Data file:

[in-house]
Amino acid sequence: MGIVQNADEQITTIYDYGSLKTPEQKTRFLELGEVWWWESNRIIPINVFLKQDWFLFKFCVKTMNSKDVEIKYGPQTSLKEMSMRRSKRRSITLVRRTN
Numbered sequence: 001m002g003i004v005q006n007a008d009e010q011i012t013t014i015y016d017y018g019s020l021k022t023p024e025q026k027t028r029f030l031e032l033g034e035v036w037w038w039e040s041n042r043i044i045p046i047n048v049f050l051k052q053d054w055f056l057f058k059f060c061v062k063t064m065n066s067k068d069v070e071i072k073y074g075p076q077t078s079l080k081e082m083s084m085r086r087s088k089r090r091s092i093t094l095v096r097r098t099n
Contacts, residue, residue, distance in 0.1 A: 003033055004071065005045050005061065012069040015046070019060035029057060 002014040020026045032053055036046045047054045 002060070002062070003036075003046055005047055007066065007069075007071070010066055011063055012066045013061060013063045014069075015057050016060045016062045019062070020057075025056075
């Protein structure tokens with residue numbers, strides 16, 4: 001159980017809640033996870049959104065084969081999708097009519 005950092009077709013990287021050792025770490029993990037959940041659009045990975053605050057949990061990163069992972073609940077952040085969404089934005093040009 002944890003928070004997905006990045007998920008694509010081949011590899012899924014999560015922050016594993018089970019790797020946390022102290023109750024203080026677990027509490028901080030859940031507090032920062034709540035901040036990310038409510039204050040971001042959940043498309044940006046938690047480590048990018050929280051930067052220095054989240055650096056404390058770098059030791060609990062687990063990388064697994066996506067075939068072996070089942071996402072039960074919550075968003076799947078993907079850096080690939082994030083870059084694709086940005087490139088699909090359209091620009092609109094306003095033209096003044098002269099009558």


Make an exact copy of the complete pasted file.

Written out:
[in-house]
Amino acid sequence: MGIVQNADEQITTIYDYGSLKTPEQKTRFLELGEVWWWESNRIIPINVFLKQDWFLFKFCVKTMNSKDVEIKYGPQTSLKEMSMRRSKRRSITLVRRTN
Numbered sequence: 001m002g003i004v005q006n007a008d009e010q011i012t013t014i015y016d017y018g019s020l021k022t023p024e025q026k027t028r029f030l031e032l033g034e035v036w037w038w039e040s041n042r043i044i045p046i047n048v049f050l051k052q053d054w055f056l057f058k059f060c061v062k063t064m065n066s067k068d069v070e071i072k073y074g075p076q077t078s079l080k081e082m083s084m085r086r087s088k089r090r091s092i093t094l095v096r097r098t099n
Contacts, residue, residue, distance in 0.1 A: 003033055004071065005045050005061065012069040015046070019060035029057060 002014040020026045032053055036046045047054045 002060070002062070003036075003046055005047055007066065007069075007071070010066055011063055012066045013061060013063045014069075015057050016060045016062045019062070020057075025056075
């Protein structure tokens with residue numbers, strides 16, 4: 001159980017809640033996870049959104065084969081999708097009519 005950092009077709013990287021050792025770490029993990037959940041659009045990975053605050057949990061990163069992972073609940077952040085969404089934005093040009 002944890003928070004997905006990045007998920008694509010081949011590899012899924014999560015922050016594993018089970019790797020946390022102290023109750024203080026677990027509490028901080030859940031507090032920062034709540035901040036990310038409510039204050040971001042959940043498309044940006046938690047480590048990018050929280051930067052220095054989240055650096056404390058770098059030791060609990062687990063990388064697994066996506067075939068072996070089942071996402072039960074919550075968003076799947078993907079850096080690939082994030083870059084694709086940005087490139088699909090359209091620009092609109094306003095033209096003044098002269099009558």